Viewed from one aspect the invention provides a method of installing an underground or underwater object which comprises locating on or near the object a detection element formed of a ferromagnetic alloy having a high permeability and low coercivity for providing a characteristic magnetic response to an interrogating magnetic field so that the object can be subsequently located.

The invention extends to a method of locating an underground or underwater object which has been installed in this way, comprising generating a magnetic field to which the detection element is exposed, and detecting a magnetic response of said detection element to determine the location of the object. Viewed from a further aspect the invention provides an underground or underwater object in combination with a detection element formed of a ferromagnetic alloy having a high permeability and low coercivity and providing a characteristic magnetic response to a detection magnetic field to produce a signal whereby the installation can be located. The invention is particularly applicable to underground or submarine service installations, such as gas and water pipes, cable ducts and fibre optics cables in respect of which an inexpensive and effective detection system may be provided. A portable detecting apparatus can be provided to generate suitable magnetic fields with which to interrogate the detection element, and may include a receiver system which responds to particular magnetic responses from the element. In accordance with the invention, the alloy of which the detection element is formed has a high intrinsic permeability, typically greater than 10,000 and a low coercive force, typically less than 20 Amps/metre. Particularly suitable alloys providing appropriate magnetic characteristics are amorphous alloys i.e. so-called metallic glasses. Suitable alloys are commercially available from Unitica of Japan and Vacuumschmeltz of Germany. It will be appreciated that, since materials having comparable magnetic characteristics to those outlined above are unlikely to be found naturally in the proximity of an underground or underwater installation, the method in accordance with the invention is unlikely to be affected by other nearby underground objects.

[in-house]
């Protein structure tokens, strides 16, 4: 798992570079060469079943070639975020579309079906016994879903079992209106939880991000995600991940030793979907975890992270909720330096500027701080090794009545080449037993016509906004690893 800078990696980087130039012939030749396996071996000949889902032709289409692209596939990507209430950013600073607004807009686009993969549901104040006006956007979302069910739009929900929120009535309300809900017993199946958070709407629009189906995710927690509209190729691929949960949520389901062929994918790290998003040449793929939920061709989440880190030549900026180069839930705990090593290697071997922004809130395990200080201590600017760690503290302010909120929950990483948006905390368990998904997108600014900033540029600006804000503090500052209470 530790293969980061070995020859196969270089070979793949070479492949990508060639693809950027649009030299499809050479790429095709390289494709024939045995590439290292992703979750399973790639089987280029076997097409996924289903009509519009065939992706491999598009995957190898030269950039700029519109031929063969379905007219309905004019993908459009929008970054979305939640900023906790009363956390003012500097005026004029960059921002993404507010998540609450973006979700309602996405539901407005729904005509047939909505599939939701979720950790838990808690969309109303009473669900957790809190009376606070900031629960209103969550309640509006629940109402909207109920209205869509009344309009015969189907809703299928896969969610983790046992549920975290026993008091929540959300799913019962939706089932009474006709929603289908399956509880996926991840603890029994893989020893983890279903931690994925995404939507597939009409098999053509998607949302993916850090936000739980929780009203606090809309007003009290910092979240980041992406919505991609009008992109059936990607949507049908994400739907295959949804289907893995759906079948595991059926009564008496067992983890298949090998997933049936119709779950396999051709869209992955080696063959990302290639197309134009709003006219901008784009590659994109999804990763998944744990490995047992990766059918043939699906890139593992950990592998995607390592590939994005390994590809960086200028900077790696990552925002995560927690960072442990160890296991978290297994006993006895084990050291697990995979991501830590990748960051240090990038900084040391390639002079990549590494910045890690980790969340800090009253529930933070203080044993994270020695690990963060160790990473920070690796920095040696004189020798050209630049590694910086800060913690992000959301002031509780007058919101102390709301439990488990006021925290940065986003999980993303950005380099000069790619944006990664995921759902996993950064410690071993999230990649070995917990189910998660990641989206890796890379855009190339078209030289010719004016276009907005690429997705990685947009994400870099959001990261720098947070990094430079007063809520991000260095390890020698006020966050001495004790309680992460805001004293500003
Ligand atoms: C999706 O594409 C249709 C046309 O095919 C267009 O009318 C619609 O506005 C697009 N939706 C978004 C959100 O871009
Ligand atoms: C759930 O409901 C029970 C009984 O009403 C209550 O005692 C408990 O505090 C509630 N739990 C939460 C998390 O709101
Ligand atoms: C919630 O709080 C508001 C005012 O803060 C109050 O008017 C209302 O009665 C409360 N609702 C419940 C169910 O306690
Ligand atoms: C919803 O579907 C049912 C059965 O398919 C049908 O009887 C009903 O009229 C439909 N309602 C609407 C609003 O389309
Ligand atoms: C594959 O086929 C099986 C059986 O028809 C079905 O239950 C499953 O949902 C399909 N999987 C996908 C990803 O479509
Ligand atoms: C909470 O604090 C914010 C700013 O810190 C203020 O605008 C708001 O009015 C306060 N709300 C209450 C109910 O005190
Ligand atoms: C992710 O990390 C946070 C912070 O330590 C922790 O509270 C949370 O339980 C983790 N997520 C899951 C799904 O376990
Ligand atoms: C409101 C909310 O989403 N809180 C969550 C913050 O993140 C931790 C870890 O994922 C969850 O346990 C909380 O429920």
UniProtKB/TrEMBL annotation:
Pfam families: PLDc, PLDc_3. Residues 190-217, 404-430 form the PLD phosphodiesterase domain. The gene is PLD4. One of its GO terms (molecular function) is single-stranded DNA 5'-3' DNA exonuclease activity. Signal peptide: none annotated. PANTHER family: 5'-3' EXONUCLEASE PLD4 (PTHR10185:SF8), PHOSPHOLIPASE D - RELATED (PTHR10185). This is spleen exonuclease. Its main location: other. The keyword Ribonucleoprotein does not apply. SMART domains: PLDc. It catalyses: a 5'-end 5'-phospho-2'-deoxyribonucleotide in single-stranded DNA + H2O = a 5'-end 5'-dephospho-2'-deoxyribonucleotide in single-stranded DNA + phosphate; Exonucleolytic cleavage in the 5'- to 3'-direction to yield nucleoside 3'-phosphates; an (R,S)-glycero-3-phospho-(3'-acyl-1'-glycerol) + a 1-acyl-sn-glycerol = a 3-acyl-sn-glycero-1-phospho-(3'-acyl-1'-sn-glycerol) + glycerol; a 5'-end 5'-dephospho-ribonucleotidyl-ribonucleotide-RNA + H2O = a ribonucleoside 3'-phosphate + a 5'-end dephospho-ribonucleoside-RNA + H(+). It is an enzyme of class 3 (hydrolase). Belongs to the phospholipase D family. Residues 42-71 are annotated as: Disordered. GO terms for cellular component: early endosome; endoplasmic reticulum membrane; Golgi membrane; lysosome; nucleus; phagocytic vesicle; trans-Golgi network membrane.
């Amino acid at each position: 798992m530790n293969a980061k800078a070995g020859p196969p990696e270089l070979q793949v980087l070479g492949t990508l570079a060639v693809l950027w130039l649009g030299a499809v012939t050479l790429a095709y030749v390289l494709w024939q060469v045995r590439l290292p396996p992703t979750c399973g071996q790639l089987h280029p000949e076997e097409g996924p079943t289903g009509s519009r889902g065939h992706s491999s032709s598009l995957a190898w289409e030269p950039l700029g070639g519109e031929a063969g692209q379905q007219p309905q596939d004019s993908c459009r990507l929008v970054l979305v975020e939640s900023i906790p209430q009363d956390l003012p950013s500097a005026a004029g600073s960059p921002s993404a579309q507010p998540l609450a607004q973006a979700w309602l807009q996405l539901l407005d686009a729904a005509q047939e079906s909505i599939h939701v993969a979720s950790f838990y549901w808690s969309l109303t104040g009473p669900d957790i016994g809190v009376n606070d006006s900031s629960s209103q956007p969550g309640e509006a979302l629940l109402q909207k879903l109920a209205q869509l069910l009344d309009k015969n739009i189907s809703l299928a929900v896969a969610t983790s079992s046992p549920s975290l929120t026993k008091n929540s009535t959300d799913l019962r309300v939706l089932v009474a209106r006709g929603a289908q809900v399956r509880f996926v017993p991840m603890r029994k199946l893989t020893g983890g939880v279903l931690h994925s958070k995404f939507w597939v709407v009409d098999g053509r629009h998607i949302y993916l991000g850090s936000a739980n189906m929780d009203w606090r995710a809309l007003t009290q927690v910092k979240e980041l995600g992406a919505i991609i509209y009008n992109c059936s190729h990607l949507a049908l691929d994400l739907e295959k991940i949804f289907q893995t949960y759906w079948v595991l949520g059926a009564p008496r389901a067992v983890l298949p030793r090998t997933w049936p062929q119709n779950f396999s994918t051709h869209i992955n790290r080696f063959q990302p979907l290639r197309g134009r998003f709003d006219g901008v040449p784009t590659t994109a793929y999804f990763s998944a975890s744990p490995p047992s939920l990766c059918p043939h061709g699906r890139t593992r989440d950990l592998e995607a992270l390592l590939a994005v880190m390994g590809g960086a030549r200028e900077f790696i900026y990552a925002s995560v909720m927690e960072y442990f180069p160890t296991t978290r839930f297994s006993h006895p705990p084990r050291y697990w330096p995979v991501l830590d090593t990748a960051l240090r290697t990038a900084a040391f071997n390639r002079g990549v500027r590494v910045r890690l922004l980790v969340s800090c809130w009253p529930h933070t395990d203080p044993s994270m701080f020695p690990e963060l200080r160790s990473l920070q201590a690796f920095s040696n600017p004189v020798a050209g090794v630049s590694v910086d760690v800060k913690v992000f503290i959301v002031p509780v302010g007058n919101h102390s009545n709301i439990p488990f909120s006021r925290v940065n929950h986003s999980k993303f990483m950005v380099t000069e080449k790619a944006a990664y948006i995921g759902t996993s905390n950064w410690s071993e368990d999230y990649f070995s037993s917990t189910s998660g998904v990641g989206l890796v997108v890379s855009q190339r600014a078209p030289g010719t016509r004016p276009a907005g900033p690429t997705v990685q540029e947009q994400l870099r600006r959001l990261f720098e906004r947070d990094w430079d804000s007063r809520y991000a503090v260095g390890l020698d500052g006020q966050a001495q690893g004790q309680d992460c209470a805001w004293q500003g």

It is desirable that the detection element should be formed in such a way that the apparent permeability is not seriously degraded by demagnetisation effects. Preferably, therefore, the element should be in the form of a thin strip or wire, or a thin film. The wire, strip or film is preferably in the form of discrete segments. In the case of a service installation it is envisaged that a plurality of detection elements would be spaced along the installation. Typical dimensions for the elements might be 40 mm x 1 mm x 0.03 mm for a thin strip, or 40 mm x 40 mm x 0.001 mm for a film. In the case of service installations such as pipes and cables, detection elements are preferably attached at frequent intervals such as one every one or two metres. The elements can be incorporated into adhesive labels for attachment to the service installation at the time of installation, or altern¬ atively could be incorporated into an installation at the time of its manufacture e.g. by being embedded into a pipe or fibre optics cable. It is also envisaged that the detection elements could be located separately from though near the serice installation. For example, in the case of an underground power cable it is known to provide a physical warning means in the form of a marker cable buried somewhat above the pipe, and detection elements in accordance with the invention could be carried by such cable.